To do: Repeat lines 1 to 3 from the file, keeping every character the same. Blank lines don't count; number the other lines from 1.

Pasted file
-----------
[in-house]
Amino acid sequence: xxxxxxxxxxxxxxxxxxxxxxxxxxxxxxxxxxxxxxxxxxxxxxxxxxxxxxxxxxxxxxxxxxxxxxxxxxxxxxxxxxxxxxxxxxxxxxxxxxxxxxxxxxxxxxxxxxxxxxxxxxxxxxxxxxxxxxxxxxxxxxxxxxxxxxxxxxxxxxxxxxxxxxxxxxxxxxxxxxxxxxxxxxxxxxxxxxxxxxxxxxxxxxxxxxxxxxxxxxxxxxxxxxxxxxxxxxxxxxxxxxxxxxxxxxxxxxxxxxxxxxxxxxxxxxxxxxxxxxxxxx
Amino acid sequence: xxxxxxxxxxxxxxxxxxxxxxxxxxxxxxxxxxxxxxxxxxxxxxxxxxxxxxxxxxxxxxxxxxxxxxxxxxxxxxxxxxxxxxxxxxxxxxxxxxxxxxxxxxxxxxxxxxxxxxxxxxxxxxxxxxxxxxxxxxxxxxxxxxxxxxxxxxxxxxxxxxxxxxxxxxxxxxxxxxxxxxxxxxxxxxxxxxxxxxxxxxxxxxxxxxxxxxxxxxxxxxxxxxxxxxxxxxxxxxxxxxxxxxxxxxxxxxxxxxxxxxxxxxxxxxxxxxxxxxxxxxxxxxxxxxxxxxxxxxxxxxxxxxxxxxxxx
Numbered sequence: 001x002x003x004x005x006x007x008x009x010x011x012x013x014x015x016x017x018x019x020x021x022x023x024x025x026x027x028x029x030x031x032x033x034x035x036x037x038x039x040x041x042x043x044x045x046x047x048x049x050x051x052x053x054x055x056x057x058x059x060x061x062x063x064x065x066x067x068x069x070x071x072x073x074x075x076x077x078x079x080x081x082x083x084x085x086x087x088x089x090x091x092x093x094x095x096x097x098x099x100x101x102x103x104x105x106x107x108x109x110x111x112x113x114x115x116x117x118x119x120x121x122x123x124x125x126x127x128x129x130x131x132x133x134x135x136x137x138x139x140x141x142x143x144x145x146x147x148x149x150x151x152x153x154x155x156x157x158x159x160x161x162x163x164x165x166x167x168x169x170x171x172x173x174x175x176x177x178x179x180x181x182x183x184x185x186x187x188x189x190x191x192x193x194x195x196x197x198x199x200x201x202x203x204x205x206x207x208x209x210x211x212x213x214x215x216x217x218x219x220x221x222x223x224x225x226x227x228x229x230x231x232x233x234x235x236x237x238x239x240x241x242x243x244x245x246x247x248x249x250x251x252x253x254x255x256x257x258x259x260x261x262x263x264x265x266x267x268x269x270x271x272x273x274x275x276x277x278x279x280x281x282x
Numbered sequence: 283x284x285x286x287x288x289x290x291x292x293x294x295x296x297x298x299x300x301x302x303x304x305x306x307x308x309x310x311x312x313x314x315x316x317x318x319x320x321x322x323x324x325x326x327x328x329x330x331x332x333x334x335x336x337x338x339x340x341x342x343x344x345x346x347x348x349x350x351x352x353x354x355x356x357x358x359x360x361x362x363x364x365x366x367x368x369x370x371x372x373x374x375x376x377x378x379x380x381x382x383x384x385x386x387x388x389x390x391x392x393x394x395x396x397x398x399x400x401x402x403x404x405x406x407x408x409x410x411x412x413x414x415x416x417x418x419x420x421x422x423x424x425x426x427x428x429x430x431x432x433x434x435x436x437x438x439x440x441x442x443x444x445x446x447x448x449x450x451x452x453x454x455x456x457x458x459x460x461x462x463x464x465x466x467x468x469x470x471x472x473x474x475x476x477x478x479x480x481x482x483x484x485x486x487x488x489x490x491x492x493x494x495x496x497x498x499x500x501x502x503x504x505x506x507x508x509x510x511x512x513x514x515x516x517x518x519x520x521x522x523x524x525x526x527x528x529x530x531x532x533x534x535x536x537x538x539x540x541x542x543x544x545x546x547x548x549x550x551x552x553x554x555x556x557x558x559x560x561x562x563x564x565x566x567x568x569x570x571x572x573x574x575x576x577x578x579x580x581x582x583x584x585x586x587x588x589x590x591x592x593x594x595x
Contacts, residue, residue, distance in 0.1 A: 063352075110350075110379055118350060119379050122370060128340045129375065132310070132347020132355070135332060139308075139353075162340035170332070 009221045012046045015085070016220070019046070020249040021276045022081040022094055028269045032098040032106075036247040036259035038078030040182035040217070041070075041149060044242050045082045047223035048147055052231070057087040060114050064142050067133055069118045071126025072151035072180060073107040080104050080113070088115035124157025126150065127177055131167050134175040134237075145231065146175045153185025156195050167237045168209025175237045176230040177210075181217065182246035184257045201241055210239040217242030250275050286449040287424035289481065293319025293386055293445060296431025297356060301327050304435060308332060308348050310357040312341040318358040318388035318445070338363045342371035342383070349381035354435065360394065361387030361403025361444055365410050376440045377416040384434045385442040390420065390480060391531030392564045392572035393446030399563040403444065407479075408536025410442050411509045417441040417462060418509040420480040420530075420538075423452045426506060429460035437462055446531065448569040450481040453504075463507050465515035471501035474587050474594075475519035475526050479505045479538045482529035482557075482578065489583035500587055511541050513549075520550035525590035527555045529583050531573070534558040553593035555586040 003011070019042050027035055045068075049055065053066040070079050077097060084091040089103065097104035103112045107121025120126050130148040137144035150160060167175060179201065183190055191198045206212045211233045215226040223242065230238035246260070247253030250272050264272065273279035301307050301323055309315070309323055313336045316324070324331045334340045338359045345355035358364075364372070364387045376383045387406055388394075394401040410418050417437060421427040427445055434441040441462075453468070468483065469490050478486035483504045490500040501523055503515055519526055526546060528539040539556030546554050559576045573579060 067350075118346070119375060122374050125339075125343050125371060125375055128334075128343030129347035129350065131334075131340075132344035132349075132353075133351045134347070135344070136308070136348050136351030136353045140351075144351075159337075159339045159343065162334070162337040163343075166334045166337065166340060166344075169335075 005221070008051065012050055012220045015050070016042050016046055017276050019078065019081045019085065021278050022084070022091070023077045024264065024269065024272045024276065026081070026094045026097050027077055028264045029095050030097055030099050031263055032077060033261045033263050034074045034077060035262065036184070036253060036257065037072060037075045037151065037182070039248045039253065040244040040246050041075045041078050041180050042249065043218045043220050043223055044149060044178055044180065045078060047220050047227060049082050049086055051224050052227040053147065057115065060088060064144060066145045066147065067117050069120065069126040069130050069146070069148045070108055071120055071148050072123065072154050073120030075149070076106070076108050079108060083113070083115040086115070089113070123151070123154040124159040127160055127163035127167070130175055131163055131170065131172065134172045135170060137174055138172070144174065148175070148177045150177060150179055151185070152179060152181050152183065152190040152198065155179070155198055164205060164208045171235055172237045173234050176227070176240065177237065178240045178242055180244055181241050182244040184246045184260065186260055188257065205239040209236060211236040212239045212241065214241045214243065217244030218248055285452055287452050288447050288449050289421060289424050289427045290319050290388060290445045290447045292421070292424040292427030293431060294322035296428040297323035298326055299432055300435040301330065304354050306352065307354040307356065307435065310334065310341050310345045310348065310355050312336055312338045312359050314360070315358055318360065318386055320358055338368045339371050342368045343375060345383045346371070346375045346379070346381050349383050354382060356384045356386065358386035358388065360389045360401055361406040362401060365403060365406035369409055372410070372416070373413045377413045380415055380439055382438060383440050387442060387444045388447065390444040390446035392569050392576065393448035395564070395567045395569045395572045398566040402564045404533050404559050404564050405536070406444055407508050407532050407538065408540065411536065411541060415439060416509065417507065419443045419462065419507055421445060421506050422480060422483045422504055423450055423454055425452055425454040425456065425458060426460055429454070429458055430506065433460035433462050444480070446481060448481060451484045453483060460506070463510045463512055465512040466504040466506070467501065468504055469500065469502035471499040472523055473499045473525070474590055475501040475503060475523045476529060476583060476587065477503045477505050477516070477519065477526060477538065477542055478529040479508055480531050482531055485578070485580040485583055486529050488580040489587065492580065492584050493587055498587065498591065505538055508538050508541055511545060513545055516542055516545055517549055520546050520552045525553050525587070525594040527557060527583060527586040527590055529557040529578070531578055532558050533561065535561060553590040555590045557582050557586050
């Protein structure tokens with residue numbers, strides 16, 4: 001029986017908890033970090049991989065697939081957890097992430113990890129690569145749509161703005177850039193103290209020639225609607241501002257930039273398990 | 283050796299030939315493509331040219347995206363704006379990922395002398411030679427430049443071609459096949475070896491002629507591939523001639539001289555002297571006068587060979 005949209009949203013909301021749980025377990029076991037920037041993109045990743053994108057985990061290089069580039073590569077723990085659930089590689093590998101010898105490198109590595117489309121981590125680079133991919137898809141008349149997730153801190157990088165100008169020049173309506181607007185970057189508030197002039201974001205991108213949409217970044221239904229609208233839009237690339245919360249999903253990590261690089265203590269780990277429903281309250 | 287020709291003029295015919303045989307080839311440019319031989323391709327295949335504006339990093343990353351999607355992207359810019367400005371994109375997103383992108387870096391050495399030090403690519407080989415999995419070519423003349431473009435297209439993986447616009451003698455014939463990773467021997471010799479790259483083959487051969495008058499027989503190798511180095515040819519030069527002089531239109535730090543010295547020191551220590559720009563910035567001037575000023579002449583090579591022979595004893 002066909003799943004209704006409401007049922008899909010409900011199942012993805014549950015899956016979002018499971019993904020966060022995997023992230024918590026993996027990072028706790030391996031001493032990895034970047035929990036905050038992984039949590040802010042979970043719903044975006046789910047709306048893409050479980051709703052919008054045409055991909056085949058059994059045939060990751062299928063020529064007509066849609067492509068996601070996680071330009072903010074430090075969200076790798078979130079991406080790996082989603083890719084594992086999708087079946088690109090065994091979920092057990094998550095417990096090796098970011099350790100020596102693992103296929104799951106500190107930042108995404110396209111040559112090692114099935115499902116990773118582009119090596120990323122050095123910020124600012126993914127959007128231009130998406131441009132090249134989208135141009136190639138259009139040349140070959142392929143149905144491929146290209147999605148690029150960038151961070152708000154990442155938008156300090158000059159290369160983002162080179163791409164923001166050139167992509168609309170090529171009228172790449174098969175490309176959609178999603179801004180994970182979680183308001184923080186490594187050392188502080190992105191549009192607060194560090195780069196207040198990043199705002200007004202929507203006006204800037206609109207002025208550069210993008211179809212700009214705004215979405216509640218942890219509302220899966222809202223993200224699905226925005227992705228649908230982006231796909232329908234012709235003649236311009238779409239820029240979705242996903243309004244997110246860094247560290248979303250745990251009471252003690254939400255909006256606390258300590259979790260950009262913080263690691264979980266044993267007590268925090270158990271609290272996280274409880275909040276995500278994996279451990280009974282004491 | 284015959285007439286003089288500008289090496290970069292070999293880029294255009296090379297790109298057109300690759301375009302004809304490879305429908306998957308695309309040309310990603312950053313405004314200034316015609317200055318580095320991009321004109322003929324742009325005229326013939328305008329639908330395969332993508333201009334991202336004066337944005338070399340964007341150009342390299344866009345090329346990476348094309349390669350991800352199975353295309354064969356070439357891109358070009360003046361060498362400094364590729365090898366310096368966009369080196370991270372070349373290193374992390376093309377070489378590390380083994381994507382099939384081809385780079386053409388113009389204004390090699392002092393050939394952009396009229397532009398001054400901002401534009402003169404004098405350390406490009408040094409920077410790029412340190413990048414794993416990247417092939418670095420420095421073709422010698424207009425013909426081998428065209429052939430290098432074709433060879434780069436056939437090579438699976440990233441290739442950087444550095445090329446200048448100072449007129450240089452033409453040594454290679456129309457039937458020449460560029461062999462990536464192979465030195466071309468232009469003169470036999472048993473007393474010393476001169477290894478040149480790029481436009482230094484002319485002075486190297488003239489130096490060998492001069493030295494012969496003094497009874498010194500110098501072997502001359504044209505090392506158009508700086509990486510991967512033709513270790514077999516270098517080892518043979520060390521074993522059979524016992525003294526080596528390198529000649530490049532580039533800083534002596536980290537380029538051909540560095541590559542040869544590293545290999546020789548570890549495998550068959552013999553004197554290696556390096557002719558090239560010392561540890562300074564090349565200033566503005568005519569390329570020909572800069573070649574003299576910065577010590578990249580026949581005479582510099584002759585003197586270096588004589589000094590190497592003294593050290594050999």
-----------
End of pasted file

[in-house]
Amino acid sequence: xxxxxxxxxxxxxxxxxxxxxxxxxxxxxxxxxxxxxxxxxxxxxxxxxxxxxxxxxxxxxxxxxxxxxxxxxxxxxxxxxxxxxxxxxxxxxxxxxxxxxxxxxxxxxxxxxxxxxxxxxxxxxxxxxxxxxxxxxxxxxxxxxxxxxxxxxxxxxxxxxxxxxxxxxxxxxxxxxxxxxxxxxxxxxxxxxxxxxxxxxxxxxxxxxxxxxxxxxxxxxxxxxxxxxxxxxxxxxxxxxxxxxxxxxxxxxxxxxxxxxxxxxxxxxxxxxxxxxxxxxx
Amino acid sequence: xxxxxxxxxxxxxxxxxxxxxxxxxxxxxxxxxxxxxxxxxxxxxxxxxxxxxxxxxxxxxxxxxxxxxxxxxxxxxxxxxxxxxxxxxxxxxxxxxxxxxxxxxxxxxxxxxxxxxxxxxxxxxxxxxxxxxxxxxxxxxxxxxxxxxxxxxxxxxxxxxxxxxxxxxxxxxxxxxxxxxxxxxxxxxxxxxxxxxxxxxxxxxxxxxxxxxxxxxxxxxxxxxxxxxxxxxxxxxxxxxxxxxxxxxxxxxxxxxxxxxxxxxxxxxxxxxxxxxxxxxxxxxxxxxxxxxxxxxxxxxxxxxxxxxxxxx